Loads of people my age (i.e. around thirteen at the time of ‘Metal Guru’) love to bore the current crop of spotty Spotify slaves that guitar-based pop and rock music was somehow *better* twenty or thirty years ago but you know what? We’re right. Certainly in terms of the traditional template of drums, bass, guitar and vocal (with occasional embellishment by keyboard and/or sax) it would surely seem pretty obvious to even the most casual observer that everything that could possibly be written and/or sung about has been done already during a period when it was being done for the first time and when a distorted electric guitar was almost as astounding as an alien landing and an unsmiling band photo seemed as dangerous as the French Revolution.
Nothing much lasts forever though and guitar-based rock, just like trad jazz or bebop, had a life-span (quite a good innings actually compared to some others). Nobody is saying ‘don’t bother’. None of us are thinking that new guitar bands are wasting their time if they’re having a good time and bringing good times to others. It’s just that the same old shapes and chords and haircuts and clothes have become, you know…so…
For the majority of ‘kids’ these days the Strat-toting hero must be as archaic and puzzling as Kenny Ball and his trumpet was for mine.
But it’s the structure that’s at fault as much as the inherent limitations of the genre. Truly meaningful and exciting guitar music needs a context and this context has been neutralised. As we all know, the BBC is desperate for an argument to retain Radio 1 and 2 so therefore it has conjured up this ‘supporting new music’ thing which gives exposure to new bands and artists. Nothing inherently wrong with that of course but I do sometimes feel that the support it offers is fundamentally insincere and superficial (what happens when you’re no longer ‘new’?) and that it creates musical ghettos by providing ‘indie’ shows, ‘dance’ shows etc. where once there was only John Peel and one or two other eclectic maverick types who offered sessions and airplay to all manner of weird shit regardless of genre or, indeed, sometimes talent…(but that’s another story). Danny Baker has often moaned about the fact that these stations are now play-listed to the hilt and there’s no space for that famed ‘fuck me’ factor that Peelie often talked about. Shows are planned like military manoeuvers and all the relevant ‘boxes’ have to be ticked. This strict regulation- coupled with the fact that the charts are effectively dead- is a deadly double whammy for a fundamentally confrontational genre like ‘indie’ guitar rock which thrives on a certain outsider chic. Because, come on, where do you go if there’s no ‘outside’ anymore?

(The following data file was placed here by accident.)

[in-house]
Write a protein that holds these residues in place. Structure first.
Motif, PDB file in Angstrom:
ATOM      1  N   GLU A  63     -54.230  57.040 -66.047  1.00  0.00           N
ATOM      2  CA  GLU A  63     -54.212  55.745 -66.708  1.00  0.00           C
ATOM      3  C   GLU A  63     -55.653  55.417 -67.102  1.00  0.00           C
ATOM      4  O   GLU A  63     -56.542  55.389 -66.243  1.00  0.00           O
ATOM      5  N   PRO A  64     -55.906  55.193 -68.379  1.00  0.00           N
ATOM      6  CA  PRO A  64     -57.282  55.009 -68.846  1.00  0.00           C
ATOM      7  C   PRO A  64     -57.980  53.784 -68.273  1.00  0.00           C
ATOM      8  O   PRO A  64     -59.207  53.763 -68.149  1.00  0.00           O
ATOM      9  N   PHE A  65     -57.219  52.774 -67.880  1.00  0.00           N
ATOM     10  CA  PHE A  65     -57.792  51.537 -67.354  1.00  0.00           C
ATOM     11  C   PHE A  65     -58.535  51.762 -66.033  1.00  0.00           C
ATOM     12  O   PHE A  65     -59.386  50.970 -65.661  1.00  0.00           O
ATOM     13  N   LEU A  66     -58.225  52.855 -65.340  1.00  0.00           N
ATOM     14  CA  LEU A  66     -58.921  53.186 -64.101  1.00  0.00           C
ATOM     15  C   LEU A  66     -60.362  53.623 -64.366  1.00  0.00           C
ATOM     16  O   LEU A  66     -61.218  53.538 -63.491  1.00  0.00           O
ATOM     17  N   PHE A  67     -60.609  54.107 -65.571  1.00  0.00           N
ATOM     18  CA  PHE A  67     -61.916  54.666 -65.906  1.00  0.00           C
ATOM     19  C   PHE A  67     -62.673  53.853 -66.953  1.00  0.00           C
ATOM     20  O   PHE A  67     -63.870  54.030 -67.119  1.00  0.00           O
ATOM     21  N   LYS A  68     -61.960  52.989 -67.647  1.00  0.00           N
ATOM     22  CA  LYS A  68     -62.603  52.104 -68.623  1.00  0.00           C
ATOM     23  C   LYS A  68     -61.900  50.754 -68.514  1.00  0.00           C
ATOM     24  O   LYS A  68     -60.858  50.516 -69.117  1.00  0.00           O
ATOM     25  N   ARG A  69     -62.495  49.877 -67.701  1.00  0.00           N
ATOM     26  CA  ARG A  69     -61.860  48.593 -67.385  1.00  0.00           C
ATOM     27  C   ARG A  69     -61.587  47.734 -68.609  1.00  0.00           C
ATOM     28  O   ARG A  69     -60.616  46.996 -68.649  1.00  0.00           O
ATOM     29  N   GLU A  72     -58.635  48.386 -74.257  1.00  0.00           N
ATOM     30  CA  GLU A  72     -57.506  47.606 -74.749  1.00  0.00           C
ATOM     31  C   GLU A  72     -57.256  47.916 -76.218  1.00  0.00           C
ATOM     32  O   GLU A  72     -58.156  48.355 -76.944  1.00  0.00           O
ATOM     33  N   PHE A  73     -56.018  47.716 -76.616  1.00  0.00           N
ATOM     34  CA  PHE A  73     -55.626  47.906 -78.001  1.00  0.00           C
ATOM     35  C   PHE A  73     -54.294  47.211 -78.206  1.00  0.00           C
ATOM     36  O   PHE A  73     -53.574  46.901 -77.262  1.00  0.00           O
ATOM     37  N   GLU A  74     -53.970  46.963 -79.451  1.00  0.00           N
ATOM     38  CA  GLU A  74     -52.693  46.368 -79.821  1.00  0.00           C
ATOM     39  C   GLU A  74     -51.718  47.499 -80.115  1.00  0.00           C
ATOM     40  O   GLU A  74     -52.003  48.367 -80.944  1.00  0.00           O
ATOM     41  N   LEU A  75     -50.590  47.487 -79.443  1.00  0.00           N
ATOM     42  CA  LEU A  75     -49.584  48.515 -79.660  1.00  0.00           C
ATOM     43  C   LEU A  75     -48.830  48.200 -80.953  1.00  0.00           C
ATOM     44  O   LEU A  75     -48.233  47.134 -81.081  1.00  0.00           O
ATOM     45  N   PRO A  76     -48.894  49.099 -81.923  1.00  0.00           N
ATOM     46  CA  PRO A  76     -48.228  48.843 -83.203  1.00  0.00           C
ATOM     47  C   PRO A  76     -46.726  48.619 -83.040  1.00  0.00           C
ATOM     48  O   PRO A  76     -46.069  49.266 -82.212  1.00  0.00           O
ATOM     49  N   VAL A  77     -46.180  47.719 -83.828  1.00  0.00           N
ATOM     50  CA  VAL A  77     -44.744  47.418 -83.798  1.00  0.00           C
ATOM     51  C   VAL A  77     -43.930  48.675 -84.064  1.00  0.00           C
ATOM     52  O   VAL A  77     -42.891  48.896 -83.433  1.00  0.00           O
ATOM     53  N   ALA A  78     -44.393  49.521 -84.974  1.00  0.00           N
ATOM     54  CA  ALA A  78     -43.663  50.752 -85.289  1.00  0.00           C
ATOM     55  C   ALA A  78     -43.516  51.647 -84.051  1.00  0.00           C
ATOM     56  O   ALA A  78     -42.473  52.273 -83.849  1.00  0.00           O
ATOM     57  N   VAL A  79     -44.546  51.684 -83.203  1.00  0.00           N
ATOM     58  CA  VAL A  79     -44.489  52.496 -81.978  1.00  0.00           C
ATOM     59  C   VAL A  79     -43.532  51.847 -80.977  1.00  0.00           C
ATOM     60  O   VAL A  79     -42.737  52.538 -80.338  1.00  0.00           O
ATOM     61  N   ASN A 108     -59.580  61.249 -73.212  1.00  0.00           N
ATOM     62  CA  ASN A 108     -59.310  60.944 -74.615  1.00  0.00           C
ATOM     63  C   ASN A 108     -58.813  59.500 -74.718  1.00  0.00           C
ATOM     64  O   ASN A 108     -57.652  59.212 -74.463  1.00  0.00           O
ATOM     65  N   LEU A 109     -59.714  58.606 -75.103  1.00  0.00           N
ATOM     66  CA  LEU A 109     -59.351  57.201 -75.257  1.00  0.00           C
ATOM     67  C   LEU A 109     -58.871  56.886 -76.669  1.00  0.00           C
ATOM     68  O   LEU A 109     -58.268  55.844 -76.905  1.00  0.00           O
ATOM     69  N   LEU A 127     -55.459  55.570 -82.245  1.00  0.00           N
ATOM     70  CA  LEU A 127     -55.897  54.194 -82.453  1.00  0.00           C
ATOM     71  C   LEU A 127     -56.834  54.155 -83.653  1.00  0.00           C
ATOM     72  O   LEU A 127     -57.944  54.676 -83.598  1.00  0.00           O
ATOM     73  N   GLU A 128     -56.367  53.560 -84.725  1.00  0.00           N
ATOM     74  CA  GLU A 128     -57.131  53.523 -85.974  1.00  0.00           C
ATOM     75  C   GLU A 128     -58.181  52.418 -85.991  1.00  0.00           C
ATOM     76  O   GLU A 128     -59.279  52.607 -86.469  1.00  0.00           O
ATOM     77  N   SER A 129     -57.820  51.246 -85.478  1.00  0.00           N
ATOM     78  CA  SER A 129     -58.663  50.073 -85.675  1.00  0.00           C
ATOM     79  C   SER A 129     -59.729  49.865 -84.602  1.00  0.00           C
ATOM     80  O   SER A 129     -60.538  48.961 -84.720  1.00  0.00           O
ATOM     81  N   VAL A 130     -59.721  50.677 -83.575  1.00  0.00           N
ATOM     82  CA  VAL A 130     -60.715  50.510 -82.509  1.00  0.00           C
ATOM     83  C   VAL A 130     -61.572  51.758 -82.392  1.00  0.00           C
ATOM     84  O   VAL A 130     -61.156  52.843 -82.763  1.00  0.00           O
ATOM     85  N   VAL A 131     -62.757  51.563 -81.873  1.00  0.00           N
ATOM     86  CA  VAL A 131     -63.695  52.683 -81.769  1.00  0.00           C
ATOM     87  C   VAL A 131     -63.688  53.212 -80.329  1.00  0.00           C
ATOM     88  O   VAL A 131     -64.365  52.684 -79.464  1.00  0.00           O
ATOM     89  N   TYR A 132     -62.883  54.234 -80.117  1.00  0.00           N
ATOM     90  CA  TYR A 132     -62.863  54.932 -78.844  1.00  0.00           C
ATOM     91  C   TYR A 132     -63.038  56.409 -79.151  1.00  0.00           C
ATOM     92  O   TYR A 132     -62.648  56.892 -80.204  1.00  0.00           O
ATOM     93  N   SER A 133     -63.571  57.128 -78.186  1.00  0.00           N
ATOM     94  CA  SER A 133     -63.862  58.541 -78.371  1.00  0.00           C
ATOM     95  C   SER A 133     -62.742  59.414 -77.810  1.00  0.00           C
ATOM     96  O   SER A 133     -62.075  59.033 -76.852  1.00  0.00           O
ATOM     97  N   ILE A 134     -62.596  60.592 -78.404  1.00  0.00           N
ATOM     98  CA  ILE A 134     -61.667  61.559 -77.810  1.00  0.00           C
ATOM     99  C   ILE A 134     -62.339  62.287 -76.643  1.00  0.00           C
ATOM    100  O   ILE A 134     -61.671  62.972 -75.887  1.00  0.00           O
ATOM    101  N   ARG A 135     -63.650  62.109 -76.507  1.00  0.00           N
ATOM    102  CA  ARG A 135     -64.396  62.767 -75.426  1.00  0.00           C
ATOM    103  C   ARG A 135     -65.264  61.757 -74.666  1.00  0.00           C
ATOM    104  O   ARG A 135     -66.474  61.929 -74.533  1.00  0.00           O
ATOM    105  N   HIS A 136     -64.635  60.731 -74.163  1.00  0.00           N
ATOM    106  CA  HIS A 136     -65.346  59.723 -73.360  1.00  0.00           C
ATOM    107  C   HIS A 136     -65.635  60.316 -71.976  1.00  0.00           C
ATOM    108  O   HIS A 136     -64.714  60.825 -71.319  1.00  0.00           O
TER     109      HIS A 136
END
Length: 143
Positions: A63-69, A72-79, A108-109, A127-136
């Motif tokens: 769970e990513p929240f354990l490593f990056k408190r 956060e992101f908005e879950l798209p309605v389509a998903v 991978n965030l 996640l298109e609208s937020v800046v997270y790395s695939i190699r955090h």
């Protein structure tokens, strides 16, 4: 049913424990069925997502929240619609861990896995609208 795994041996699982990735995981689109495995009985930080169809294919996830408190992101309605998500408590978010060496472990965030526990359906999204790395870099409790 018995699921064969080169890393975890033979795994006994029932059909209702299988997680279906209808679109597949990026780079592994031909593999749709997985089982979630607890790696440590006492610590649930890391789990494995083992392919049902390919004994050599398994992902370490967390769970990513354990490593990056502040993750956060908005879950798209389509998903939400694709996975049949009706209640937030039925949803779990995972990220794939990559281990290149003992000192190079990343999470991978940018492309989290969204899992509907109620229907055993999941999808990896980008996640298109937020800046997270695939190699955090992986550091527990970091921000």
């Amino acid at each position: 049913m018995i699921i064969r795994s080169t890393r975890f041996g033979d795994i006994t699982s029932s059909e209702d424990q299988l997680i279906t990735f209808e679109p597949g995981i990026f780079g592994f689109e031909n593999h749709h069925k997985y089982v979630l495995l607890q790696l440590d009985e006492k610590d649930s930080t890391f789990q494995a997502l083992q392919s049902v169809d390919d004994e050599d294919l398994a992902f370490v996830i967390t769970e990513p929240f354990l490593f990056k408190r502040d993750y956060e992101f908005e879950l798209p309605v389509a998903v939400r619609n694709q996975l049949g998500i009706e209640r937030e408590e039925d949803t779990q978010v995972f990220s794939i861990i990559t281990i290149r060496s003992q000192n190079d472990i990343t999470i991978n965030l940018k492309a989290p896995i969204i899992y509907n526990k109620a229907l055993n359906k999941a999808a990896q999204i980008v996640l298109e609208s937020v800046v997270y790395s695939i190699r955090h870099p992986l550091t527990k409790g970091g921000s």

Seeing ‘your’ band on TOTP was such a thrill because you felt that, somehow, the likes of Blackburn and DLT really hated Morrissey and/or Pete Shelley and it made you love those bands even more. Without the charts the Buzzcocks and the Smiths would not have reached a wider crowd (or, just as importantly, pissed off my dad). The charts were the key to a stage where millions watched every week and the charts- even a modest chart run of a few weeks- could be the basis of a career in the 80s just as much as it was in the 60s. They were doubtlessly rigged up to a point but they were the closest thing to an objective democracy pop music ever had and if Englebert outsold the Fabs, well, so be it. The charts was a vibrant and varied animal which *really* introduced new music to people without any sort of agenda. You had Dylan alongside Black Lace. The Pistols alongside Boney M. Pop was a weekly thing for years. It sparked arguments. Created tribes. Annoyed parents. Shocked entire generations.
Now, for better or for worse, we’re all on our phones in a silent world where everything is a hit and where nothing is. Pop has become timeless, but not in a good way. The conditions required for controversy and outrage aren’t there anymore and sneering boys and girls with Fender Mustangs and squalling feedback have become as familiar and as safe as tweeting feathered thrushes where once they snarled like strident monsters.